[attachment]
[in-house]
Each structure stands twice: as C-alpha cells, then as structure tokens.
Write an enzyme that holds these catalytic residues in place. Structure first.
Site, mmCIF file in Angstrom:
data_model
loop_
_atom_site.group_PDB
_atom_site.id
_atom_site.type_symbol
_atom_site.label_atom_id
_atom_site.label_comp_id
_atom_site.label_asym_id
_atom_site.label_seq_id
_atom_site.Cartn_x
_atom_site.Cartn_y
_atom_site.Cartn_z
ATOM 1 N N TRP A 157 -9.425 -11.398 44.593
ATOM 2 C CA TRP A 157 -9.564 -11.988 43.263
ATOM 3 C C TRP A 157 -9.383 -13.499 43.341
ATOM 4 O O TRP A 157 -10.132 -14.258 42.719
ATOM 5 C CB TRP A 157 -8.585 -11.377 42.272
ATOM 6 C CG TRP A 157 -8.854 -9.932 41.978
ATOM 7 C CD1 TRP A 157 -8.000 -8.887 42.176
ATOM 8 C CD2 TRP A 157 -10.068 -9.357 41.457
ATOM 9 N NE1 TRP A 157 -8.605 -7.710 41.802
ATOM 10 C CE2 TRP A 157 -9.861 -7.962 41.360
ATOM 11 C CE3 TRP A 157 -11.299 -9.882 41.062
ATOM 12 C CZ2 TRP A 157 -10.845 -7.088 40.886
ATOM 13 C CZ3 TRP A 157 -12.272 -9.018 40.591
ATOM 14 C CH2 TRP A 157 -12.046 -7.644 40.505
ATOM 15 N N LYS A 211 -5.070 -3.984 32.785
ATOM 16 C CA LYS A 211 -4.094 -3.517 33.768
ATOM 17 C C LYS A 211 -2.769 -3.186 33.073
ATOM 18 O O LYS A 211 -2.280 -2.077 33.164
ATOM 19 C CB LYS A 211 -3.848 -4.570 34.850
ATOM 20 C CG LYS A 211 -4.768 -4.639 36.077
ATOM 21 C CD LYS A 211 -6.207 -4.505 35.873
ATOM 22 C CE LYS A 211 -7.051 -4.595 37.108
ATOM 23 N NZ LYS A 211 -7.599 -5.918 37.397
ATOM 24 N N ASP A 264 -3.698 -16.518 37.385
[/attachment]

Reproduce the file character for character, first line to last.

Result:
[in-house]
Each structure stands twice: as C-alpha cells, then as structure tokens.
Write an enzyme that holds these catalytic residues in place. Structure first.
Site, mmCIF file in Angstrom:
data_model
loop_
_atom_site.group_PDB
_atom_site.id
_atom_site.type_symbol
_atom_site.label_atom_id
_atom_site.label_comp_id
_atom_site.label_asym_id
_atom_site.label_seq_id
_atom_site.Cartn_x
_atom_site.Cartn_y
_atom_site.Cartn_z
ATOM 1 N N TRP A 157 -9.425 -11.398 44.593
ATOM 2 C CA TRP A 157 -9.564 -11.988 43.263
ATOM 3 C C TRP A 157 -9.383 -13.499 43.341
ATOM 4 O O TRP A 157 -10.132 -14.258 42.719
ATOM 5 C CB TRP A 157 -8.585 -11.377 42.272
ATOM 6 C CG TRP A 157 -8.854 -9.932 41.978
ATOM 7 C CD1 TRP A 157 -8.000 -8.887 42.176
ATOM 8 C CD2 TRP A 157 -10.068 -9.357 41.457
ATOM 9 N NE1 TRP A 157 -8.605 -7.710 41.802
ATOM 10 C CE2 TRP A 157 -9.861 -7.962 41.360
ATOM 11 C CE3 TRP A 157 -11.299 -9.882 41.062
ATOM 12 C CZ2 TRP A 157 -10.845 -7.088 40.886
ATOM 13 C CZ3 TRP A 157 -12.272 -9.018 40.591
ATOM 14 C CH2 TRP A 157 -12.046 -7.644 40.505
ATOM 15 N N LYS A 211 -5.070 -3.984 32.785
ATOM 16 C CA LYS A 211 -4.094 -3.517 33.768
ATOM 17 C C LYS A 211 -2.769 -3.186 33.073
ATOM 18 O O LYS A 211 -2.280 -2.077 33.164
ATOM 19 C CB LYS A 211 -3.848 -4.570 34.850
ATOM 20 C CG LYS A 211 -4.768 -4.639 36.077
ATOM 21 C CD LYS A 211 -6.207 -4.505 35.873
ATOM 22 C CE LYS A 211 -7.051 -4.595 37.108
ATOM 23 N NZ LYS A 211 -7.599 -5.918 37.397
ATOM 24 N N ASP A 264 -3.698 -16.518 37.385